The trouble apparently continues for Rolling Stone.
The magazine came under fire for its story about an alleged rape at one of the University of Virginia's fraternity houses. Media outlets raised concerns over the report, as well as the magazine's apparent decision not to contact the accused rapists. In response, Rolling Stone's editors issued an apology and admitted that there appeared to be "discrepancies" in its original story.
Following that, more troubling details emerged about Rolling Stone's account of the alleged rape, including whether there was a party at the named fraternity the night of the attack to whether "Drew" (the rapist named in the RS story) even existed.
More troubling was the announcement in January that Charlottesville police were suspending their investigation, because they could find no evidence to corroborate the story told in Rolling Stone. In an apparent show of good faith, the editors at RS asked the Columbia Journalism School to conduct an independent review of the original reporting. The deans of CJS were tasked with evaluating the editorial process that led to the publishing of the campus rape story to figure out presumably just what the heck went wrong.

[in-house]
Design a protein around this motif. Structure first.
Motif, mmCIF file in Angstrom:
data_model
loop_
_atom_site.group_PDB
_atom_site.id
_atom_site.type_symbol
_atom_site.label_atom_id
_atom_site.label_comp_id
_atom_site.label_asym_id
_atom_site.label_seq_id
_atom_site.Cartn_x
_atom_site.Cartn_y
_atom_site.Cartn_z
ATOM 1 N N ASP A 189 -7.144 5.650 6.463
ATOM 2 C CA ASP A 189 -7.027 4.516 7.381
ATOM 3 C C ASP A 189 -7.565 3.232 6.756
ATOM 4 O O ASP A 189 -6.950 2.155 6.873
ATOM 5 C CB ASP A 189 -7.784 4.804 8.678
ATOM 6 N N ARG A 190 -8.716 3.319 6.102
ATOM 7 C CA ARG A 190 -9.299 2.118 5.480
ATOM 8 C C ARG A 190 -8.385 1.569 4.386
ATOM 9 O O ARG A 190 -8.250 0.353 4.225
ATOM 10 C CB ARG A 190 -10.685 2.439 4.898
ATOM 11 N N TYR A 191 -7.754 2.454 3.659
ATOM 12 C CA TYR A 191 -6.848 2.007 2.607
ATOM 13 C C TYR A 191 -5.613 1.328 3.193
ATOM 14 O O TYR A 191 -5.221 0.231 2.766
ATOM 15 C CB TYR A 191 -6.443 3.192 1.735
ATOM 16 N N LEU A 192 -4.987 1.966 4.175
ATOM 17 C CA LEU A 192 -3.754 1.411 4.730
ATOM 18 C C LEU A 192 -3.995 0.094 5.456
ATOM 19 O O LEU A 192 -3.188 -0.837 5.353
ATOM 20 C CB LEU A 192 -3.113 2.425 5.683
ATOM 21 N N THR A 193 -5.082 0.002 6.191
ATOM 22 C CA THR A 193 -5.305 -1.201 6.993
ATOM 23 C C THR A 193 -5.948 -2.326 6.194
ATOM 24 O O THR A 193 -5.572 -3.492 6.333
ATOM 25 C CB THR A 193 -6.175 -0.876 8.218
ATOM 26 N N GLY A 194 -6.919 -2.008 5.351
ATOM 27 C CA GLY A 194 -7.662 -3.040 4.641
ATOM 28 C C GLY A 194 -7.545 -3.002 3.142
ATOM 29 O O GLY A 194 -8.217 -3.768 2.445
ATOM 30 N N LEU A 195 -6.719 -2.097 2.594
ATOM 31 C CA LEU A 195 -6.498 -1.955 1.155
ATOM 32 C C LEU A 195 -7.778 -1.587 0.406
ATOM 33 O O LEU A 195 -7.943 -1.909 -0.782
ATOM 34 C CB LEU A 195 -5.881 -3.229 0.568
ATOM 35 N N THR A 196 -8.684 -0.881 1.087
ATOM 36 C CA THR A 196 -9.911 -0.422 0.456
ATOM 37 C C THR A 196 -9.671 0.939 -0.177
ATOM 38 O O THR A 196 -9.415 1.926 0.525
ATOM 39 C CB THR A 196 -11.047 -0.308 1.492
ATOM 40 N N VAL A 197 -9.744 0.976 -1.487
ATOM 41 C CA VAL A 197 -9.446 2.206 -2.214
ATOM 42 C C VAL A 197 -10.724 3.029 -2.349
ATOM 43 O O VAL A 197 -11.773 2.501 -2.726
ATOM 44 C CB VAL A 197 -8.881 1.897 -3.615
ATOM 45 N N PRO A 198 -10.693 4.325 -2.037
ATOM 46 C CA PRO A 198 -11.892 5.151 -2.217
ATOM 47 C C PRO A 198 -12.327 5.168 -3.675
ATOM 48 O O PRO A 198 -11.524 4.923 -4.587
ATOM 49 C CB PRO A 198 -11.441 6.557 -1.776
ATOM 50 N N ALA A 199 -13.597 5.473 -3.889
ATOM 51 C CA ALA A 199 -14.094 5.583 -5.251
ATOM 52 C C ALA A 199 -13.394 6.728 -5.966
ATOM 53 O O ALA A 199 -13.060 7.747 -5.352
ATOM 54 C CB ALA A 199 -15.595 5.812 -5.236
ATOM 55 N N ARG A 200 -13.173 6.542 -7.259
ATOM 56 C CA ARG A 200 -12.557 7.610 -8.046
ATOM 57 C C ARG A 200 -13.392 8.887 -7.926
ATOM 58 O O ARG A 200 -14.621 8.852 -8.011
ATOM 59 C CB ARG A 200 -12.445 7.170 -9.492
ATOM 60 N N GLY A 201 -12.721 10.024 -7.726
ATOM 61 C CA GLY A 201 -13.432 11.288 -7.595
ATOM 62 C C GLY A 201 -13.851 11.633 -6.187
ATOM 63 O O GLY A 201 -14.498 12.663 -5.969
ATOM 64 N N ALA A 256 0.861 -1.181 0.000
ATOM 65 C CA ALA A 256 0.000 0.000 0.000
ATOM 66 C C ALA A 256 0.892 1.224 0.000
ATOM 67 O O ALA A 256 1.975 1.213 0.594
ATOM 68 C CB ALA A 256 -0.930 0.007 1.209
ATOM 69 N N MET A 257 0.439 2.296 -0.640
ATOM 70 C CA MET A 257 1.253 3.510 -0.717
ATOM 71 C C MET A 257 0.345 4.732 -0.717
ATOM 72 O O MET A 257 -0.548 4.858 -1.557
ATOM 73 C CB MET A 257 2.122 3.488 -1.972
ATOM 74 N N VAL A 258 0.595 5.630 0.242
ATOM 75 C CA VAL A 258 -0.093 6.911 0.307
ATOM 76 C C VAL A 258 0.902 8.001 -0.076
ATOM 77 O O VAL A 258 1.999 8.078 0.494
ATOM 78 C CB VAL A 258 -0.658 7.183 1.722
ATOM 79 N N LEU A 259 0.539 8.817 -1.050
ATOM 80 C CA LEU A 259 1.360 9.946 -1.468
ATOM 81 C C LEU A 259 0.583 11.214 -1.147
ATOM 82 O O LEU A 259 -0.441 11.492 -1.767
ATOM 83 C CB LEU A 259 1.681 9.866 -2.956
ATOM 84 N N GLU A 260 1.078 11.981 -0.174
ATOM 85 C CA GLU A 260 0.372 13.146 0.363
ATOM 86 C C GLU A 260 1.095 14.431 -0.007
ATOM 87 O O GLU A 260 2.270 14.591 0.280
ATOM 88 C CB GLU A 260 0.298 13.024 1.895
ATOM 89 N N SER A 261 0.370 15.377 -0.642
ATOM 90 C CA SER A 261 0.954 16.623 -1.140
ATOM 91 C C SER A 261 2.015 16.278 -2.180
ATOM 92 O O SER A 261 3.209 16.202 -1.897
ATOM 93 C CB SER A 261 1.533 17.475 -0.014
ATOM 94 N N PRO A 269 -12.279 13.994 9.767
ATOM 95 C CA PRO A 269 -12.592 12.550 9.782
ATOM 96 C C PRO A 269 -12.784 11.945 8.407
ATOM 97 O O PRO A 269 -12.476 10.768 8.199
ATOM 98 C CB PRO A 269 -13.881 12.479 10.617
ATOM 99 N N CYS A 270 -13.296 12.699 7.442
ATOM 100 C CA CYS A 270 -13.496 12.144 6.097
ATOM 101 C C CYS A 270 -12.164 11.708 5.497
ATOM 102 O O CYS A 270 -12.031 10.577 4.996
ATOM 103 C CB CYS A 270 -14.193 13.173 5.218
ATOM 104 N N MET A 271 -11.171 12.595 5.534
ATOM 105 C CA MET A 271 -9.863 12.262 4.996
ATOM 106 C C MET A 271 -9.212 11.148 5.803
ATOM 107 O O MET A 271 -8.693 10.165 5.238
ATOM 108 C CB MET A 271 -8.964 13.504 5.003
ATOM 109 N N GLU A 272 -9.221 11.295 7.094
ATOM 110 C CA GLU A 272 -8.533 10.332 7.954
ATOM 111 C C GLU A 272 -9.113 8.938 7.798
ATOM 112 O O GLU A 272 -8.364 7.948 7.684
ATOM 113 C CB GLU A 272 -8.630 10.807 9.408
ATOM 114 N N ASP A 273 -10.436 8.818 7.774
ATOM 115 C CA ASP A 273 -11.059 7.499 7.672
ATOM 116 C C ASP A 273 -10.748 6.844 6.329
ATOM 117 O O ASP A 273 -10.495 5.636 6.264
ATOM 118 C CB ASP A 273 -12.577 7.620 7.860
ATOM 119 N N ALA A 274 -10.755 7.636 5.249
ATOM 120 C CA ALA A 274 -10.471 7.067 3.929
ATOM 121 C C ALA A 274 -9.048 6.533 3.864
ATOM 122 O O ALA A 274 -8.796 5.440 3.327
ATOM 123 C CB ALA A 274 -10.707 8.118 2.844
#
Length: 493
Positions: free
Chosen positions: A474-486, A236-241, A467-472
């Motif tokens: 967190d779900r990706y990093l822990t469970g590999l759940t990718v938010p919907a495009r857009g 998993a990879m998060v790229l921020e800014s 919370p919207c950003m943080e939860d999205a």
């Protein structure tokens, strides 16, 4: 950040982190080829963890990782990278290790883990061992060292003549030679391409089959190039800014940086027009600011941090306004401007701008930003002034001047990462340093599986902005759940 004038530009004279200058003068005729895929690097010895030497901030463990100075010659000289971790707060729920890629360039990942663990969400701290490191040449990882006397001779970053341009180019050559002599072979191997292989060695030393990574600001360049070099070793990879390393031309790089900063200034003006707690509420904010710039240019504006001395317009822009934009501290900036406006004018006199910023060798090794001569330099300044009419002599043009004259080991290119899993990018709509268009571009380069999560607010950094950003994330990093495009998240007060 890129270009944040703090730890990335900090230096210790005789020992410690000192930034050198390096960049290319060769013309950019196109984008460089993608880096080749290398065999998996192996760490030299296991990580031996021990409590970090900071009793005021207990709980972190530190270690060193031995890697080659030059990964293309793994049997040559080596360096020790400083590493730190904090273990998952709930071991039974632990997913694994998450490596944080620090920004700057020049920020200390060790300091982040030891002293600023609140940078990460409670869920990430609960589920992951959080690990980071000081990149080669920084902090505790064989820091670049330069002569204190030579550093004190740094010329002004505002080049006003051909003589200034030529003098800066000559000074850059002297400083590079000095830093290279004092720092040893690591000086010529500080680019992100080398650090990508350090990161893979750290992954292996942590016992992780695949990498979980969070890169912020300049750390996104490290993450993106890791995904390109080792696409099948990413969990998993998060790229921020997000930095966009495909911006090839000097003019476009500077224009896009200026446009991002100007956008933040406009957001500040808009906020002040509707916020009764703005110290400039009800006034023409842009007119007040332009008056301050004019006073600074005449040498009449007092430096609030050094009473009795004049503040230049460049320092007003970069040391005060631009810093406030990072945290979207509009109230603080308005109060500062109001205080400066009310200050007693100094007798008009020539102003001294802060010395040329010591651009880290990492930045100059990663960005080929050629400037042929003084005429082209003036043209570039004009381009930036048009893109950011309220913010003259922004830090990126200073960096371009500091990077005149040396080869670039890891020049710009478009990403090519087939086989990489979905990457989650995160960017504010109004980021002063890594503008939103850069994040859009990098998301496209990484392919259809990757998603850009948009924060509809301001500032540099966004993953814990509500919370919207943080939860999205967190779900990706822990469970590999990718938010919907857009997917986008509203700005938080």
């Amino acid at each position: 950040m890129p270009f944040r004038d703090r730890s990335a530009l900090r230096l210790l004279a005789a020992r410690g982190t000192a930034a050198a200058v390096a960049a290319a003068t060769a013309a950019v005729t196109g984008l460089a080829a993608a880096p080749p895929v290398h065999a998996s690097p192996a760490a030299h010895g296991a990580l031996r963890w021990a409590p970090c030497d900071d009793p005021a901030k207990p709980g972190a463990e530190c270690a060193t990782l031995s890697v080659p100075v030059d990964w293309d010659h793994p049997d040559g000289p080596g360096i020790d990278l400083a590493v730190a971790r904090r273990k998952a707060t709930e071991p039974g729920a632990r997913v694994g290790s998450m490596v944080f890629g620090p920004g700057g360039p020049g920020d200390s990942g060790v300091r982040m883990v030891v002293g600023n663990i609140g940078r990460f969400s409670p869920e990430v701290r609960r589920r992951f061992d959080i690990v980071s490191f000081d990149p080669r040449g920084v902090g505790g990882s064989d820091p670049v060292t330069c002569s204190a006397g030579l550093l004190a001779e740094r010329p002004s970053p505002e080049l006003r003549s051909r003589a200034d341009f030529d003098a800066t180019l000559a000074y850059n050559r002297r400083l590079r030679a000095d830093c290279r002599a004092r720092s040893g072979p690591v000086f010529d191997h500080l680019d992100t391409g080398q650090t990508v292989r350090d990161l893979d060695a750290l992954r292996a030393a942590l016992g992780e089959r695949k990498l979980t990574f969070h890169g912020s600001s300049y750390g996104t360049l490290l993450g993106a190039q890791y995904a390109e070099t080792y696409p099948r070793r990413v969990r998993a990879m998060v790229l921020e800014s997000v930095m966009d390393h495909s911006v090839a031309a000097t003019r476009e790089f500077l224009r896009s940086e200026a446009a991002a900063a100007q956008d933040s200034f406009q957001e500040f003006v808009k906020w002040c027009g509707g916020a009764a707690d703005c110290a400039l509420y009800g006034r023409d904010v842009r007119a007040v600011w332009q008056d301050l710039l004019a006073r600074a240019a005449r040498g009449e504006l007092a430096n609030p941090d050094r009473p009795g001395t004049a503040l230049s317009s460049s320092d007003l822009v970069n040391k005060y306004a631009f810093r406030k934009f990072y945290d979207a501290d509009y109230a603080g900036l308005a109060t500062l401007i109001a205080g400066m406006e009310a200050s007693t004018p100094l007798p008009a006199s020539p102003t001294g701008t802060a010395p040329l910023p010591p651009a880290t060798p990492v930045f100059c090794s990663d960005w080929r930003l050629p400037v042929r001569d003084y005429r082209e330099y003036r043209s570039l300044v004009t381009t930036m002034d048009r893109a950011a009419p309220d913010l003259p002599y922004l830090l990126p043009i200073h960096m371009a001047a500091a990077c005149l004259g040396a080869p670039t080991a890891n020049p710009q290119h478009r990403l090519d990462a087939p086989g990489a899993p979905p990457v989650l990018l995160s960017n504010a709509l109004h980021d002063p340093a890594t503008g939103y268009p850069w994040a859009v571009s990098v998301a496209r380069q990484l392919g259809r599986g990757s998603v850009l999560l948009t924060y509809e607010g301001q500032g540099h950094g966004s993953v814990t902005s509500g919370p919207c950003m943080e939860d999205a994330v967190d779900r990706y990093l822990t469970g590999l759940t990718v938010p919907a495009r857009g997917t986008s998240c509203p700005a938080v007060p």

Well, it seems that Columbia has come to a conclusion. An announcement on the school's website was posted today, stating that the full report will be released this Sunday. The results will be posted both on the Columbia Journalism Review and Rolling Stone's website at 8 p.m., and they'll also hold a press conference on Monday to further discuss the findings.
The investigators haven't given any hints as to what the report will say, but we're hoping it will finally give some answers as to what really happened.